Dosa is the Indian flatbread, although it is less like bread than perhaps any other country’s flatbread. It is made from a batter, rather than a dough,  that generally includes flour made from rice and lentils, and is cooked on a flat pan. It is often fermented to provide lightness but more and more instant dosas are being made. These are the dosai that can be cooked as soon as the batter is made.

Are you looking for other Dosa recipes? Try Adai – multi lentil dosa, Coconut Dosa, and a beautiful Sweet Dosa.

Perhaps you are looking for Potato recipes. Try Aloo Gobi, Potato Subzi, Surprise Tartin, and Potato and Sweet Potato Curry.

Browse our Dosa recipes here, and all of our Indian recipes here. You might be interested in our Indian Essentials articles. Have a look at all of our Potato recipes, and take some time to browse our Early Autumn dishes.

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Gratin de Pommes de Terre et Courgettes | Gratin of Potatoes and Zucchini with Thyme

Gratin – sometimes written as gratinée or au gratin—is a very flexible recipe where an ingredient is cooked in a shallow dish – a gratin dish which is an  oval-shaped oven-safe baking and serving pan. The Gratin is topped with cheese or buttery breadcrumbs that will crisp up when the dish is baked in a hot oven or placed under a grill. Adding just cream will also produce a lightly browned crust if baked in high heat. Gratins are usually served straight from the dish.

Gratin originated in French cuisine. The best known gratin dishes are Potato Gratin  and Pommes Dauphinoises. Many Tians are gratins too, only in disguise! Also Baked Pasta dishes! Often vegetables are covered with cheese, cream, and/or breadcrumbs and baked or grilled for a beautiful gratin dish.

This recipe is a beautiful, buttery, creamy gratin that combines zucchini with potatoes and flavours it with thyme. A wonderful match.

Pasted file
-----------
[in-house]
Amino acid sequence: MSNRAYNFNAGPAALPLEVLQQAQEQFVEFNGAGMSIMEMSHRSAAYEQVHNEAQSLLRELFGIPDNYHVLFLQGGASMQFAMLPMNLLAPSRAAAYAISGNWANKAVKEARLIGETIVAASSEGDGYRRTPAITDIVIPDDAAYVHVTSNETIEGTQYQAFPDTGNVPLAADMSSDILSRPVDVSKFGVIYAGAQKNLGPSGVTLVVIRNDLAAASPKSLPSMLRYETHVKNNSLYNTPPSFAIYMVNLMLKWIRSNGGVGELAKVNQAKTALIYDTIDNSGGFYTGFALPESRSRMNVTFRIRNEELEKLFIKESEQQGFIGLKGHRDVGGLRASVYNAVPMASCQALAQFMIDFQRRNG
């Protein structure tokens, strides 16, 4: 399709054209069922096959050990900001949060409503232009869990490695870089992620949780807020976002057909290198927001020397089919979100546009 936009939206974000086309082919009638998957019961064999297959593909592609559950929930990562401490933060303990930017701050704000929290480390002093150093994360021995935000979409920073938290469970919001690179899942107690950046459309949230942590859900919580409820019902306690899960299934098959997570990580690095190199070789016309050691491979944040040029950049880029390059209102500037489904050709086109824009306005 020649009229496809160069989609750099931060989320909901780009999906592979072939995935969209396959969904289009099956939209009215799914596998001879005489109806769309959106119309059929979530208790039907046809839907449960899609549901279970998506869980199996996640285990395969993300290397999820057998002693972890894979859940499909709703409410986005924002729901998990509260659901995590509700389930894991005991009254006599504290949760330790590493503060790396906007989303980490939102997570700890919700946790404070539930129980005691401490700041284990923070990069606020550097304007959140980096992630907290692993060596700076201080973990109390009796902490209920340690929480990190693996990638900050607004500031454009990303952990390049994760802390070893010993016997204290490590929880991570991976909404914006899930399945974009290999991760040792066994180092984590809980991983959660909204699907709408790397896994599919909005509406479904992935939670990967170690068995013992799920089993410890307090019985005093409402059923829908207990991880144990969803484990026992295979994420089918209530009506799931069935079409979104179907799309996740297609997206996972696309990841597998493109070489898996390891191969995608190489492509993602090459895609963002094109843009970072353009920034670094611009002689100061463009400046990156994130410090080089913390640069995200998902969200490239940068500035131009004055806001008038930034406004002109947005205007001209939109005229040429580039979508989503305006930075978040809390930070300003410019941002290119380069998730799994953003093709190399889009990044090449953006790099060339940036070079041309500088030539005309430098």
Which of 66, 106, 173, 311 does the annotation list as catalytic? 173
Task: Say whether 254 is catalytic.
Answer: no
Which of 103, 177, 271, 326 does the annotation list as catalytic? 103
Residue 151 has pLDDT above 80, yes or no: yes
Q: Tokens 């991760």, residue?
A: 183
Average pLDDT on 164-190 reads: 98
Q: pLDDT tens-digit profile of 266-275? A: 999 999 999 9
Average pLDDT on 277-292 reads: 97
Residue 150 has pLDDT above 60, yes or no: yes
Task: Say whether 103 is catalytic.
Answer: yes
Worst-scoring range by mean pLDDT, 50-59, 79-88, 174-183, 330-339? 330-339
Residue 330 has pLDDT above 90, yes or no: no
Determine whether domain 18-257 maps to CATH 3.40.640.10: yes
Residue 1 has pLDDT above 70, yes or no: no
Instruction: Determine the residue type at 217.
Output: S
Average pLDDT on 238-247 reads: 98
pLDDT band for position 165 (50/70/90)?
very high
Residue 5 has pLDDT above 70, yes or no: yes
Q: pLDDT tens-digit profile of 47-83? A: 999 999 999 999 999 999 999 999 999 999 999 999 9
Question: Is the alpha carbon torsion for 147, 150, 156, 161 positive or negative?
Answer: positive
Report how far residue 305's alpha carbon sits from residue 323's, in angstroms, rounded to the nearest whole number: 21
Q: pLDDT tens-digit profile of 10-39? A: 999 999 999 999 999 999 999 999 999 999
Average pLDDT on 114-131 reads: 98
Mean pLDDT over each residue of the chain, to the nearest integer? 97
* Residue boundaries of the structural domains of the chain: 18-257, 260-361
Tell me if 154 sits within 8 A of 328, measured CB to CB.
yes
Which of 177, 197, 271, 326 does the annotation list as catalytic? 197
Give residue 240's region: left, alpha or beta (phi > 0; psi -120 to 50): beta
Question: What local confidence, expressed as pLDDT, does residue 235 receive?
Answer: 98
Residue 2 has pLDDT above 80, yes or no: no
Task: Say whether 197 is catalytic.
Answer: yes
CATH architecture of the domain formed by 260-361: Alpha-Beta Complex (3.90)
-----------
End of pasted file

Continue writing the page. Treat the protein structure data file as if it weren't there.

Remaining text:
Are you looking for other Gratin dishes? Try Gratinéed Sweet Potatoes, Potatoes Gratinéed with Tomatoes and Cumin, and  Endive/Witlof with a Cheesy Topping.

Would you like to try other Potato dishes? Try Cumin and Pepper Baked Potato Wedges, Perfect Roast Potatoes, and Surprise Potato Tartin.

Or try some Zucchini recipesZucchini Preserved in Olive Oil, Making Zucchini Juice, Zucchini Rice, Steamed Thai Eggplant and Zucchini, and Zucchini Fry with Spices.

You might also like to browse all of our Gratin dishes here, and all of our Potato recipes here. Or all of the Zucchini recipes here and here. Check out our easy Early Autumn recipes. Also, feel free to browse vegetarian recipes from our first blog from 1995 – 2006 in our Retro Recipes series.

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Cumin and Pepper Baked Potato Wedges

For that little bit of indulgence on a wintery night

A quick snack for evenings when you are craving something a little naughty but not so naughty, and a little spice but not so spicy. This definitely is for you.

These baked potato wedges are flavoured with cumin, black pepper and salt. You can add a little chilli powder if you like. You will love them for a quick  plate of food when you have the munchies.

Are you looking for other potato recipes? Try Tandoori Potatoes – another great snack – or Toasties Stuffed with Potatoes and Peas, or a Grown Up Potato Salad.

Are you after snacks? Try Chickpea Fingers with Tomato Salsa, Deep Fried Bean Curd with Peanut Sauce, and a Gorgonzola Snack.

You might like to browse all of our Snack recipes, and all of our Potato recipes here. Or explore our Early Autumn recipes.

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Moraiya Kitchari | Barnyard Millet Kitdchari | Sama ki khichdi | Khichuri

Moraiya Kitchari is a delightful dish, healthy and nourishing. It is regularly made for Navratri fasting, Ekadashi fasting or any other time of Hindu fasting as it is an easily digestible dish. It is delicious in its own right – lightly spiced and less vigorous of taste than many Indian dishes, but don’t put it aside because of that. Try it with a wet curry like a yoghurt or besan curry, even a Poritha Kuzhambu! You will enjoy.

Moraiya is composed of tiny, white, round grains. In India, cereal grains are not consumed during fasts. Hence, Moraiya is a popular alternative, especially during Navratri. It is often used in place of rice, although it does not cook into separate grains like long grained rice. It is quite sticky when it is cooked and the grains stick together somewhat.

Are you looking for other Kitchari dishes? Try Moraiya Kitchari with Yoghurt, Sago, Peanuts and Potatoes Kitchari, Maharashtrian Kitchari with Masoor Sprouts, and a Simple Parsi Kitchari.

You might like to check to see whether we have posted other Moraiya recipes. You can browse all of our other Kitchari recipes. Our Indian recipes are here and our Indian Essentials here. Or explore our Early Spring dishes .